Fast forward a few years to 2003. In his book, Recruiting Confidential, David Claerbaut chronicles the college recruiting process experienced by his stepson, Chicago running back James Velissaris. James committed to the Naval Academy, and his family made the trip with him to Annapolis to see him sworn in on I-Day. When it came time to take the oath, though, James didn’t do it. Reading over the commitment papers, he felt that he was only there to play football; to him, that wasn’t reason enough to sign. Velissaris would end up playing for Harvard.
Two different stories, but with similar themes: sports as the primary motivation in choosing to attend the Naval Academy. As I was reading James Velissaris’ story, the same thought occurred to me as when I would hear my Plebe Summer detailers barking at my roommate: is there really anything wrong with that?
June has arrived. It is the time when a select group of high school seniors across the country are about to trade the cap and gown of the graduate for the dixie cup and whiteworks assigned to the Naval Academy’s lowest of the low. Included in this group preparing for the challenge of Plebe Summer are the athletes recruited to fill out the rosters of Navy’s several varsity sports. On I-Day, these athletes are going to face decisions of their own. Like James Velissaris, they might find themselves questioning their own motives. They shouldn’t. It is perfectly acceptable that being recruited to play a varsity sport would be someone’s main attraction to the Naval Academy. It should be expected, and in a lot of ways, encouraged.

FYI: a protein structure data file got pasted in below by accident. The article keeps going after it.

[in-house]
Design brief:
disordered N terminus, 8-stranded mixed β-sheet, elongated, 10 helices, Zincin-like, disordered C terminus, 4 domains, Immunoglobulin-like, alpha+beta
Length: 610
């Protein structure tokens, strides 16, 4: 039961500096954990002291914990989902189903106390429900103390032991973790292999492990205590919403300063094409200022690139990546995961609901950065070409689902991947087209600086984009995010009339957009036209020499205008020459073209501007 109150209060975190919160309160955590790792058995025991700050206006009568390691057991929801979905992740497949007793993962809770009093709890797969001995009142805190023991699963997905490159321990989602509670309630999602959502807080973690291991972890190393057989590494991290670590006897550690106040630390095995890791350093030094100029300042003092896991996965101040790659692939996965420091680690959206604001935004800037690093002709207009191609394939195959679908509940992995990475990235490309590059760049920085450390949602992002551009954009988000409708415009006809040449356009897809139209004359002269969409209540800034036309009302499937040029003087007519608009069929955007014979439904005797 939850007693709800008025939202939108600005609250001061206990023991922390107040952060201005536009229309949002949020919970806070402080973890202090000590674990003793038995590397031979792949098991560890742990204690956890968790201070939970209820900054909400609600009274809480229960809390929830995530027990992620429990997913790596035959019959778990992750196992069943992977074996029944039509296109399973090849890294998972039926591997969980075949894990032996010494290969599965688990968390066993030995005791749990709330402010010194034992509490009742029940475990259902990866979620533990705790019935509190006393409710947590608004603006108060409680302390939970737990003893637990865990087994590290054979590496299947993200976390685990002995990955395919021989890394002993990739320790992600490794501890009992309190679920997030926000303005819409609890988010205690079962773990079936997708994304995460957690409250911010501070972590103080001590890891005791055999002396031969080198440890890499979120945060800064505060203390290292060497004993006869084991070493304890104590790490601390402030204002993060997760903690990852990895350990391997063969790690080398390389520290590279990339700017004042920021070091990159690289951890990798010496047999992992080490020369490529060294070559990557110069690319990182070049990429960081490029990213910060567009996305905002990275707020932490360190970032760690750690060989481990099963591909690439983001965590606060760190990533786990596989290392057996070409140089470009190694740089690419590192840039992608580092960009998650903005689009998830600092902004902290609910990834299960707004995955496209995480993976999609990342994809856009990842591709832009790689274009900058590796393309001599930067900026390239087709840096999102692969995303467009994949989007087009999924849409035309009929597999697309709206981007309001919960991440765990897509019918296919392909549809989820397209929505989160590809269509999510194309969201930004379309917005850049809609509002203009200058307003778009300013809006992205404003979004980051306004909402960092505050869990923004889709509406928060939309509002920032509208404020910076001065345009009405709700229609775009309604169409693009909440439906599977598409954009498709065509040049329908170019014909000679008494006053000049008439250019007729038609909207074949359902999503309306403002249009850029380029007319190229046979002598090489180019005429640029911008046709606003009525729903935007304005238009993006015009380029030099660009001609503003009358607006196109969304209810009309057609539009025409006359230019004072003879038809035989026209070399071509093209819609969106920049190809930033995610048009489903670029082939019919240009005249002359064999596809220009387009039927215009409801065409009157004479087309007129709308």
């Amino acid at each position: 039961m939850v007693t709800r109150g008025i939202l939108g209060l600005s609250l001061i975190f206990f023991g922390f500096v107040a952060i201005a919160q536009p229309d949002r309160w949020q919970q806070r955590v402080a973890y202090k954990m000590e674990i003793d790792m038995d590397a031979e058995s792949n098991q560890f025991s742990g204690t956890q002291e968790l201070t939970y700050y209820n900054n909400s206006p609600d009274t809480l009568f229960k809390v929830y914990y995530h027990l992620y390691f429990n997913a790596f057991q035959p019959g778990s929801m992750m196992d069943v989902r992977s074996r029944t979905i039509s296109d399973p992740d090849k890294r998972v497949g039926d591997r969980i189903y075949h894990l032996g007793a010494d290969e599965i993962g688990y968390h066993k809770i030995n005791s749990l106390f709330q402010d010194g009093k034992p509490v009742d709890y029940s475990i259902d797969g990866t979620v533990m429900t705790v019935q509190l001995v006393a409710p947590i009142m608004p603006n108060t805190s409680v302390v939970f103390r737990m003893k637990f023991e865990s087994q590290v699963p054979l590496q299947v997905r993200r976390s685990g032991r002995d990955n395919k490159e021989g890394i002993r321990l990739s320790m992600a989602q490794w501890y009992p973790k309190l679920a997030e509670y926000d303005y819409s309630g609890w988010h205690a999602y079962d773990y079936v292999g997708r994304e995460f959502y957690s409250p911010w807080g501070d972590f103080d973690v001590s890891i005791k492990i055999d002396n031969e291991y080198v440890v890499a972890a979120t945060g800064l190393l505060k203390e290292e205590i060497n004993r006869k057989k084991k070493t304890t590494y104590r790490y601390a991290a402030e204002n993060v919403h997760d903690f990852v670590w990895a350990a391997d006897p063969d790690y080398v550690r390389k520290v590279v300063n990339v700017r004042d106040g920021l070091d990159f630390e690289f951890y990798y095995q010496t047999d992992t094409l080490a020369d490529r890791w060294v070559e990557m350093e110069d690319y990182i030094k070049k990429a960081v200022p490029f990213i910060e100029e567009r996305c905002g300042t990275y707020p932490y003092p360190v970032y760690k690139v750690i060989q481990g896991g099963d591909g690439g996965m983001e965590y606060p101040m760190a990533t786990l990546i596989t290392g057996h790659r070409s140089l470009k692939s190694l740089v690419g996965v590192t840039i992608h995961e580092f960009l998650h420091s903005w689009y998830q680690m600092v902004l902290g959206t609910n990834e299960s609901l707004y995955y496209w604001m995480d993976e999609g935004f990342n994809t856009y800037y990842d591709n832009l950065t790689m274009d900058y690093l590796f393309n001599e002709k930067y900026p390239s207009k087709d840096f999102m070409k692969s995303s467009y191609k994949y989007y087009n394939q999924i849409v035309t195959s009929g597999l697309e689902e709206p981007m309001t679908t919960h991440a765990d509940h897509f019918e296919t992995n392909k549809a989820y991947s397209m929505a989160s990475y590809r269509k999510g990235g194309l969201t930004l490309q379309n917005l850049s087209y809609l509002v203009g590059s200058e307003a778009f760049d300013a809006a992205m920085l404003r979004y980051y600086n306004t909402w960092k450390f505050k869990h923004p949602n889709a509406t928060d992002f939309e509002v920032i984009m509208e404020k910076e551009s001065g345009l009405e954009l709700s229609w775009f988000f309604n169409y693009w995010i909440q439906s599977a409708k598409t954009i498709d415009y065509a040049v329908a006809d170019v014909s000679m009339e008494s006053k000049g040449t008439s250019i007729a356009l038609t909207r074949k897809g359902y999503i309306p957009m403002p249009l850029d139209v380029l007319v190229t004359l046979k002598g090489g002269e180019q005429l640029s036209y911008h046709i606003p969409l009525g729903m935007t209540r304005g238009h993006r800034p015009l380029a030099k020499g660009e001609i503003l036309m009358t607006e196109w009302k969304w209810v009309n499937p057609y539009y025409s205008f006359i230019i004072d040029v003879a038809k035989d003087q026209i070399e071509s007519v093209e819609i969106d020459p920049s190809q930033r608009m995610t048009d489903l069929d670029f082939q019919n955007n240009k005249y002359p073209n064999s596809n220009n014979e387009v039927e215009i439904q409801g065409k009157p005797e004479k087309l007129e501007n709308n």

Plenty of Academy alums would bristle at that thought. Some of these graduates seem to think that every midshipman-to-be that passes through the gates of USNA does so because each one of them is driven to have a career as a Navy or Marine Corps officer. Some of them are. Or at least they think they are. Let’s be real, now; how many 18 year-olds coming straight out of high school really have any idea what it means to be an officer in the Naval Service? I am a third-generation Academy graduate and spent my entire childhood surrounded by all things Navy. I thought I had a pretty good idea going into I-Day. It took all of 15 minutes of Plebe Summer for me to realize that I didn’t know squat. If most grads would take an honest look at their own experience, they’d probably admit the same thing. If a person doesn’t truly understand what being a Naval officer entails, then he can’t truly be dedicated to a Naval career from day one. It’s unfair to expect otherwise.